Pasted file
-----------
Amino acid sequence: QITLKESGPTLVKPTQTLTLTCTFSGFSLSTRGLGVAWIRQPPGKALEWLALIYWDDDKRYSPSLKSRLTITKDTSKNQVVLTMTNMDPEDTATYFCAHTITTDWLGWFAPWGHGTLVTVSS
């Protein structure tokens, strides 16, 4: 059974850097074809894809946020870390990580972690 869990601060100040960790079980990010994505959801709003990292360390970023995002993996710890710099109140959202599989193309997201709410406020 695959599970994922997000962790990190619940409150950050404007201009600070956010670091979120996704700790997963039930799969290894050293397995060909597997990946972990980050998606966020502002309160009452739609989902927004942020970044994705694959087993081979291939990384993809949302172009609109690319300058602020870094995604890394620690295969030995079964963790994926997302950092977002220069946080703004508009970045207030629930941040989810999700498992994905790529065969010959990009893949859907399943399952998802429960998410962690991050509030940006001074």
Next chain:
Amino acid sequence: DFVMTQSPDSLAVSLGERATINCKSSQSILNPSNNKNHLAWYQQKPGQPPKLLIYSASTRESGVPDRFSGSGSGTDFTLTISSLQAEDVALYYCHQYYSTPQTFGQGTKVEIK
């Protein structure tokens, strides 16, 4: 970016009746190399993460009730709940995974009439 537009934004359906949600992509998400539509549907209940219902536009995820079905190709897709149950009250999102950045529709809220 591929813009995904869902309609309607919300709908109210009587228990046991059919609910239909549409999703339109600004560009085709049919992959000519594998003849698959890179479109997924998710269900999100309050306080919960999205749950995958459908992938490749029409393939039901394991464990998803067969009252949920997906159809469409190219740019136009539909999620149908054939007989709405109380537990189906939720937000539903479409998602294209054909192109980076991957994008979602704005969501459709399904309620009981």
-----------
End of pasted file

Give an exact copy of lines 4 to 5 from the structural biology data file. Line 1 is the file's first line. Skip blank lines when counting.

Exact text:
Amino acid sequence: DFVMTQSPDSLAVSLGERATINCKSSQSILNPSNNKNHLAWYQQKPGQPPKLLIYSASTRESGVPDRFSGSGSGTDFTLTISSLQAEDVALYYCHQYYSTPQTFGQGTKVEIK
């Protein structure tokens, strides 16, 4: 970016009746190399993460009730709940995974009439 537009934004359906949600992509998400539509549907209940219902536009995820079905190709897709149950009250999102950045529709809220 591929813009995904869902309609309607919300709908109210009587228990046991059919609910239909549409999703339109600004560009085709049919992959000519594998003849698959890179479109997924998710269900999100309050306080919960999205749950995958459908992938490749029409393939039901394991464990998803067969009252949920997906159809469409190219740019136009539909999620149908054939007989709405109380537990189906939720937000539903479409998602294209054909192109980076991957994008979602704005969501459709399904309620009981």